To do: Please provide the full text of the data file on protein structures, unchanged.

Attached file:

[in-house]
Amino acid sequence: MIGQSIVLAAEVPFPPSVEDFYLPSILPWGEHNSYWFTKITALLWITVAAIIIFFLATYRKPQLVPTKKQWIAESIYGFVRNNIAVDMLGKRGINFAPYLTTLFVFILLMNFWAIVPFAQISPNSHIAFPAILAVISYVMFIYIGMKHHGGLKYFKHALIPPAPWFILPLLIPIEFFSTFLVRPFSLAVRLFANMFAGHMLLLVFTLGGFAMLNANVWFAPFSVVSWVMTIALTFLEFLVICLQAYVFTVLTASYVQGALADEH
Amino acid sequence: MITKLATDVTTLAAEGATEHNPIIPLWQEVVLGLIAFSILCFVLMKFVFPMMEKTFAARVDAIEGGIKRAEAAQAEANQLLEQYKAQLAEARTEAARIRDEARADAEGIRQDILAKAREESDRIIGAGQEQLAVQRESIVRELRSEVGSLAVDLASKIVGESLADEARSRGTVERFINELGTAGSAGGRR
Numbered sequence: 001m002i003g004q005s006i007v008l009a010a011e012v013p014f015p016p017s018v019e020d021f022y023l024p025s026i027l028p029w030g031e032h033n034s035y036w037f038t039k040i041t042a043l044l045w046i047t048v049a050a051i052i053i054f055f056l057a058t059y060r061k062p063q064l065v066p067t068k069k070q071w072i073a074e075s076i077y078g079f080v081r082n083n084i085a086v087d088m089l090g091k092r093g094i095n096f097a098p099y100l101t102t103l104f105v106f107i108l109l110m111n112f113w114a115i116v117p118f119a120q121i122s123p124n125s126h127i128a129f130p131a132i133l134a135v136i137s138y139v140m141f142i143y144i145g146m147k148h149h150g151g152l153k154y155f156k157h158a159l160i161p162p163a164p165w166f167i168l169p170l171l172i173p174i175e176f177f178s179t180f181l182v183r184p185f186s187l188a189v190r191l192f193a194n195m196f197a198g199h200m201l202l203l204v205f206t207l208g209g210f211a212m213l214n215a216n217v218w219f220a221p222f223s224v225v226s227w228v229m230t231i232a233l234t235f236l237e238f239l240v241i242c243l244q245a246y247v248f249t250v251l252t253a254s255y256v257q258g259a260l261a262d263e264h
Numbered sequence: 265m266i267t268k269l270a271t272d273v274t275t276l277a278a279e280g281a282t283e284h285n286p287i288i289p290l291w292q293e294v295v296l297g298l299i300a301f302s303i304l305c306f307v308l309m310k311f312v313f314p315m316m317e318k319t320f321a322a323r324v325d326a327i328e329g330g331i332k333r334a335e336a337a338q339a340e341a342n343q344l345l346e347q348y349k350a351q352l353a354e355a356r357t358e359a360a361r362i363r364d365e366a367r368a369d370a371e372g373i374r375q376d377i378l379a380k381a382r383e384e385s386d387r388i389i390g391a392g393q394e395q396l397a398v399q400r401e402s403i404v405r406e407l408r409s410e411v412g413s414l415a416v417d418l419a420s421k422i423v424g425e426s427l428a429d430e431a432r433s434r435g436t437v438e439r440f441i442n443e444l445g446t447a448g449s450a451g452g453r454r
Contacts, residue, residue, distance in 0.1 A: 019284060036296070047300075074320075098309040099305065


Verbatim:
[in-house]
Amino acid sequence: MIGQSIVLAAEVPFPPSVEDFYLPSILPWGEHNSYWFTKITALLWITVAAIIIFFLATYRKPQLVPTKKQWIAESIYGFVRNNIAVDMLGKRGINFAPYLTTLFVFILLMNFWAIVPFAQISPNSHIAFPAILAVISYVMFIYIGMKHHGGLKYFKHALIPPAPWFILPLLIPIEFFSTFLVRPFSLAVRLFANMFAGHMLLLVFTLGGFAMLNANVWFAPFSVVSWVMTIALTFLEFLVICLQAYVFTVLTASYVQGALADEH
Amino acid sequence: MITKLATDVTTLAAEGATEHNPIIPLWQEVVLGLIAFSILCFVLMKFVFPMMEKTFAARVDAIEGGIKRAEAAQAEANQLLEQYKAQLAEARTEAARIRDEARADAEGIRQDILAKAREESDRIIGAGQEQLAVQRESIVRELRSEVGSLAVDLASKIVGESLADEARSRGTVERFINELGTAGSAGGRR
Numbered sequence: 001m002i003g004q005s006i007v008l009a010a011e012v013p014f015p016p017s018v019e020d021f022y023l024p025s026i027l028p029w030g031e032h033n034s035y036w037f038t039k040i041t042a043l044l045w046i047t048v049a050a051i052i053i054f055f056l057a058t059y060r061k062p063q064l065v066p067t068k069k070q071w072i073a074e075s076i077y078g079f080v081r082n083n084i085a086v087d088m089l090g091k092r093g094i095n096f097a098p099y100l101t102t103l104f105v106f107i108l109l110m111n112f113w114a115i116v117p118f119a120q121i122s123p124n125s126h127i128a129f130p131a132i133l134a135v136i137s138y139v140m141f142i143y144i145g146m147k148h149h150g151g152l153k154y155f156k157h158a159l160i161p162p163a164p165w166f167i168l169p170l171l172i173p174i175e176f177f178s179t180f181l182v183r184p185f186s187l188a189v190r191l192f193a194n195m196f197a198g199h200m201l202l203l204v205f206t207l208g209g210f211a212m213l214n215a216n217v218w219f220a221p222f223s224v225v226s227w228v229m230t231i232a233l234t235f236l237e238f239l240v241i242c243l244q245a246y247v248f249t250v251l252t253a254s255y256v257q258g259a260l261a262d263e264h
Numbered sequence: 265m266i267t268k269l270a271t272d273v274t275t276l277a278a279e280g281a282t283e284h285n286p287i288i289p290l291w292q293e294v295v296l297g298l299i300a301f302s303i304l305c306f307v308l309m310k311f312v313f314p315m316m317e318k319t320f321a322a323r324v325d326a327i328e329g330g331i332k333r334a335e336a337a338q339a340e341a342n343q344l345l346e347q348y349k350a351q352l353a354e355a356r357t358e359a360a361r362i363r364d365e366a367r368a369d370a371e372g373i374r375q376d377i378l379a380k381a382r383e384e385s386d387r388i389i390g391a392g393q394e395q396l397a398v399q400r401e402s403i404v405r406e407l408r409s410e411v412g413s414l415a416v417d418l419a420s421k422i423v424g425e426s427l428a429d430e431a432r433s434r435g436t437v438e439r440f441i442n443e444l445g446t447a448g449s450a451g452g453r454r
Contacts, residue, residue, distance in 0.1 A: 019284060036296070047300075074320075098309040099305065